From horses and carts to ships, from land to sea
We have seen in previous posts how geography dramatically influences what we do to survive, hold together as groups, and create cultural differences. In Eurasia and Africa, geography generated three basic ways of life: settlement in fertile river valleys, pastoral nomads (hunters and farmers), and fishermen who took to the sea along many lakes and searched the waters for their resources. The latter discovered that they could survive by fishing alone, as others did by farming and herding… and later by sailing.
People settled down to fish to add long-distance trade to their skills. Boats had one great advantage over beasts of burden: they did not have to be fed. By 2000 BCE, several overlapping maritime trade networks appeared in Eurasia, with their own distinctive cultural constellation. Three stood out (and even today stand out):
- The Middle World ran from Asia Minor through the Iranian highlands to Afghanistan.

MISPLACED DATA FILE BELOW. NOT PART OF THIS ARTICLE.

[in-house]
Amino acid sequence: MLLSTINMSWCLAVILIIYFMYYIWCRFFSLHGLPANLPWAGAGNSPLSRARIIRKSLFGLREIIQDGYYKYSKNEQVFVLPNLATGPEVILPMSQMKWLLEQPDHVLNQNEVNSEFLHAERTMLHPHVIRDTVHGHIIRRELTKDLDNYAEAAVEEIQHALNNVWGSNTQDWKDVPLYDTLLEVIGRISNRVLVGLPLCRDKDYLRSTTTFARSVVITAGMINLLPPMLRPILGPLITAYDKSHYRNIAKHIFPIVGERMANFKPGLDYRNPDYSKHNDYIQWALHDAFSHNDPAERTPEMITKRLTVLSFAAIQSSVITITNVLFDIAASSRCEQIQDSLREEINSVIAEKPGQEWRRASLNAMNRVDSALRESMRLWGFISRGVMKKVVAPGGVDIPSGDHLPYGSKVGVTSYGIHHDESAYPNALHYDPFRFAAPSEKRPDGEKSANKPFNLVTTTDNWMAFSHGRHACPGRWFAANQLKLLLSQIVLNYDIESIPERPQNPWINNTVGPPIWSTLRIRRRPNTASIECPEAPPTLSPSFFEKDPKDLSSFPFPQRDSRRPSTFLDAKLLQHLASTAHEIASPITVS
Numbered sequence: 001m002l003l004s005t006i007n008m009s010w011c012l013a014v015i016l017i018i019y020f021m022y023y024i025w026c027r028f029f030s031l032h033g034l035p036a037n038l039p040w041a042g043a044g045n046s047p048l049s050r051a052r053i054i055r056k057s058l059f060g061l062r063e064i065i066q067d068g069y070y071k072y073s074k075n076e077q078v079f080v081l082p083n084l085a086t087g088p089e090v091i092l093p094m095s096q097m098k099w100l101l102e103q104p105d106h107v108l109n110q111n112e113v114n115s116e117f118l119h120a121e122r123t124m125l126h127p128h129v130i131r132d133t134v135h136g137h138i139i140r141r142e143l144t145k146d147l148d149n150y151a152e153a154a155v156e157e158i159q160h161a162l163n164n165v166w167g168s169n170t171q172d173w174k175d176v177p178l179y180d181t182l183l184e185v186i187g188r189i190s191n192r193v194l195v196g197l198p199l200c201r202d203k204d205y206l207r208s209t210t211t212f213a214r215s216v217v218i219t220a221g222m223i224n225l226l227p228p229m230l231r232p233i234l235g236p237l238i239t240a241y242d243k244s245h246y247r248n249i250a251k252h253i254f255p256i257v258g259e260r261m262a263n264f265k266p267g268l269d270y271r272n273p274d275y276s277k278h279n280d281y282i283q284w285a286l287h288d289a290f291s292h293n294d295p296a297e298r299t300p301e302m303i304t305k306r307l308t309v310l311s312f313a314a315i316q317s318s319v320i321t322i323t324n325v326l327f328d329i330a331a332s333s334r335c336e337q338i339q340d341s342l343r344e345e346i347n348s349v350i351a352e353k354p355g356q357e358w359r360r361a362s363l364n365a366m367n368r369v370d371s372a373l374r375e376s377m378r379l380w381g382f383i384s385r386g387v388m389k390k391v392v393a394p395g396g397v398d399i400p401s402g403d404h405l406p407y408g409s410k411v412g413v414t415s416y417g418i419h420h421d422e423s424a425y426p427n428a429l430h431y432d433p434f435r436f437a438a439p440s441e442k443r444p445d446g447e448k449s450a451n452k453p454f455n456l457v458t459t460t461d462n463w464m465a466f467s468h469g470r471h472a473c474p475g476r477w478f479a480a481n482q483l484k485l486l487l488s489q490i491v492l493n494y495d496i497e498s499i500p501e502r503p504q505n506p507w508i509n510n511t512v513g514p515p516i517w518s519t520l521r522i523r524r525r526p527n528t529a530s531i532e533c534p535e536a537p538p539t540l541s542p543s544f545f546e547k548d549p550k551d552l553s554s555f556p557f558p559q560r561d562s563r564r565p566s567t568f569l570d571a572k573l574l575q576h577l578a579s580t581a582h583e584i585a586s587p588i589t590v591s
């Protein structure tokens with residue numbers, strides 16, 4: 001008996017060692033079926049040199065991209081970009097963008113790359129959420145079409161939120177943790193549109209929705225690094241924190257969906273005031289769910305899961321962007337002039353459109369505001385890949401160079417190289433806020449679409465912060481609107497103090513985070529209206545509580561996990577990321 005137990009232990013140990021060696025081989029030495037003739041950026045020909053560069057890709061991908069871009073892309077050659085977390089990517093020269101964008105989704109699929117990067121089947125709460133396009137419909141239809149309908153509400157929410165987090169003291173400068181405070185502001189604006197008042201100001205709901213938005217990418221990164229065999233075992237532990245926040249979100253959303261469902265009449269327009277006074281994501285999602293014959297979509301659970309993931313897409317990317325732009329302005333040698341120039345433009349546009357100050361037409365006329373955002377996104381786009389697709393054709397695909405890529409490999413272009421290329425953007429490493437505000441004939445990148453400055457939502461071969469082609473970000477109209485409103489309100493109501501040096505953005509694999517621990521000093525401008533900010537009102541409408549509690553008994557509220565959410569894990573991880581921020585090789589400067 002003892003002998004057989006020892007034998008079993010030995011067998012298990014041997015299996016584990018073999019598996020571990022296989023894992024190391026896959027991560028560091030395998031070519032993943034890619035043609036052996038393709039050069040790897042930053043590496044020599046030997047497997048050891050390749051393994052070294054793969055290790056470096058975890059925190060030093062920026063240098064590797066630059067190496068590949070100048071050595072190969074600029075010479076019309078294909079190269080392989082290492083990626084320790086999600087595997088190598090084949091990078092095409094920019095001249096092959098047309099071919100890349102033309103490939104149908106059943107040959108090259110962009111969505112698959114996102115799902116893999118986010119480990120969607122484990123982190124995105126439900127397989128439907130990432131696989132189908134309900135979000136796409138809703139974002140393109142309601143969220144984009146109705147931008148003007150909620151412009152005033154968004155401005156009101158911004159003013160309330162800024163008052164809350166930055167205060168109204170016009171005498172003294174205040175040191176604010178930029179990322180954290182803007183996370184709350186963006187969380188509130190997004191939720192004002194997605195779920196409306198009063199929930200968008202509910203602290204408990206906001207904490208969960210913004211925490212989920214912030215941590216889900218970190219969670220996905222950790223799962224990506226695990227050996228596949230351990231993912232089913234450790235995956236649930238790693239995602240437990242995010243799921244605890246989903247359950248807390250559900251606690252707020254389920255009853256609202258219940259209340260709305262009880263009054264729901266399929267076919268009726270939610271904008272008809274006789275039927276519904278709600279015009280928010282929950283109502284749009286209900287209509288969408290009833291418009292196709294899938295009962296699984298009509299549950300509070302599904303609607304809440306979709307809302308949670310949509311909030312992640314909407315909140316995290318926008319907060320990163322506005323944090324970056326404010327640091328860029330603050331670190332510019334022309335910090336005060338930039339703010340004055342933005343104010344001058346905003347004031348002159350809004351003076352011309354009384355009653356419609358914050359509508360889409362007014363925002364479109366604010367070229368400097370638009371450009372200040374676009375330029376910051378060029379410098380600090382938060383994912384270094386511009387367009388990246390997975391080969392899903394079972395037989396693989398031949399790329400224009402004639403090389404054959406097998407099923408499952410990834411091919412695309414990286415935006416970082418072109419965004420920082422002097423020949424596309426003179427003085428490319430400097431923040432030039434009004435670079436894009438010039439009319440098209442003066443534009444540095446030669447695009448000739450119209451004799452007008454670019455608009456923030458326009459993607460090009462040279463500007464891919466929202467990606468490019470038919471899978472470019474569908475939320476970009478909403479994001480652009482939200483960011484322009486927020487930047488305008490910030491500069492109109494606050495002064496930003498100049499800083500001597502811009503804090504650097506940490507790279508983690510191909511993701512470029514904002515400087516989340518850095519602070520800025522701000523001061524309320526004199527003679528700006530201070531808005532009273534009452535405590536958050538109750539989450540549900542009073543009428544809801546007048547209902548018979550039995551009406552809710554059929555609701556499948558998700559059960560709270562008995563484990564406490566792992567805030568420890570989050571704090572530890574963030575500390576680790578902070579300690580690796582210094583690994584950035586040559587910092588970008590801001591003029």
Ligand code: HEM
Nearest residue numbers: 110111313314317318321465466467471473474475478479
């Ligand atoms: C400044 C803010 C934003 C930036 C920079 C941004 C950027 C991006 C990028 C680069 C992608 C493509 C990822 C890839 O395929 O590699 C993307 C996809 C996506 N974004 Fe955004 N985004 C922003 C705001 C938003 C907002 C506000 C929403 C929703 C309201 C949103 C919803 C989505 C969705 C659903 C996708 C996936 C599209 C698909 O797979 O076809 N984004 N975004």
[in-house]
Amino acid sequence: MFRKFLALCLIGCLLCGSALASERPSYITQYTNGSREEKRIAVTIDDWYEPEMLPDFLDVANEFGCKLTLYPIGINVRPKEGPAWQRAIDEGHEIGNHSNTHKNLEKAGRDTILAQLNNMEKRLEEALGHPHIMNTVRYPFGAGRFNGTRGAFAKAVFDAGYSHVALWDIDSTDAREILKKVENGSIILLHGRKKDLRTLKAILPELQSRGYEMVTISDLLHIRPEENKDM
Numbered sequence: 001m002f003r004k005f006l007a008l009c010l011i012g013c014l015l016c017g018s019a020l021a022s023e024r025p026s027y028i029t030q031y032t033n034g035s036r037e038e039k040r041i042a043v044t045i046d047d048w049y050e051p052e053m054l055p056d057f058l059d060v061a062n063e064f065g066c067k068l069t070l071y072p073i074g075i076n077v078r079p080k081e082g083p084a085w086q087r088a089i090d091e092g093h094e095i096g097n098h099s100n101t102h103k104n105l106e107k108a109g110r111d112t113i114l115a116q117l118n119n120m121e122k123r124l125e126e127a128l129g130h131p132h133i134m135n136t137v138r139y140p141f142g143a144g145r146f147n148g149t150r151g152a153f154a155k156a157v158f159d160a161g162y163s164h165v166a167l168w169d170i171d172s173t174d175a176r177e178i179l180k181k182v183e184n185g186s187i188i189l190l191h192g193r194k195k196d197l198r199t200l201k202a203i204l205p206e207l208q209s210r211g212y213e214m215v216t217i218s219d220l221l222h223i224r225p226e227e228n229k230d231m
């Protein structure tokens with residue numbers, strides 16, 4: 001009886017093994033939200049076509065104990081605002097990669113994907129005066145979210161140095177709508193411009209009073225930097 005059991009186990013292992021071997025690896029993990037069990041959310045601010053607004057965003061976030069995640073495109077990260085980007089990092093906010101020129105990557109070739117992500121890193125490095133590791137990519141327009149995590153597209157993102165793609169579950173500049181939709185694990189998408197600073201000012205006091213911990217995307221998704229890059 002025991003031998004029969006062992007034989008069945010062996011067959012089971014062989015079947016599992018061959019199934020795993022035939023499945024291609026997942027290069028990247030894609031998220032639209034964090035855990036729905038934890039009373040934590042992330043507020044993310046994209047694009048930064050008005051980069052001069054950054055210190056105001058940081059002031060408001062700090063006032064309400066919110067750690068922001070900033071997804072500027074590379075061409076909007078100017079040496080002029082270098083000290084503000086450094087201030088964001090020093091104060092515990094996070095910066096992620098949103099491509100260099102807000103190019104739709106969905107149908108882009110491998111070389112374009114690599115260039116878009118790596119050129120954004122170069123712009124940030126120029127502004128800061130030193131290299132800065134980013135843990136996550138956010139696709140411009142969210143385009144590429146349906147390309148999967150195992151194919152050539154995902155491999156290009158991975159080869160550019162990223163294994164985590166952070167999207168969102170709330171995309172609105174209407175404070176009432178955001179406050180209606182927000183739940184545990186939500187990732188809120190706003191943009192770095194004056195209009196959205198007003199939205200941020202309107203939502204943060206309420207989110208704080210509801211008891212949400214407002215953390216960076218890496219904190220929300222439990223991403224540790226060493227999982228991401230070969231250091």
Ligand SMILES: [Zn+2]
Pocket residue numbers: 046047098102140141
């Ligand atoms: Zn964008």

- The Mediterranean world was a network of sea routes linking all the ports around the Mediterranean.
- The Monsoon world, a vast maritime trade network linking East Africa to Arabia, India, Malaya, and Indonesia, and thence, indirectly, to China.
The Middle World
One of the most active trade networks emerged in Asia Minor (modern-day Turkey) region, across the Iranian plateau to the area now called Afghanistan. This area lies just between the two great river civilisations of the west (Egypt and Mesopotamia) and the two great river civilisations of the East (India and China).
Much of this middle world was rugged and arid, but numerous streams ran through it. Along these streams, small settlements with a subsistence economy were established. Pastoral nomads also roamed the area. The mix of nomads and settlers in an area surrounded by highly sophisticated urban centres provided ideal conditions for long-distance trade to begin. In addition, this area had ports along its borders, as this region is surrounded by large navigable bodies of water: the Amu River (also known as the Oxus), the Aral Sea, the Caspian Sea, the Black Sea, the Sea of Aegen, the Mediterranean Sea, the Red Sea, the Gulf of Persia and the Indus River. An incredible rivers, lakes and sea network of interconnected navigable areas.
As trade routes increased, so did the number of centres where trade routes intersected, cities where traders could make deals with traders.
The Mediterranean world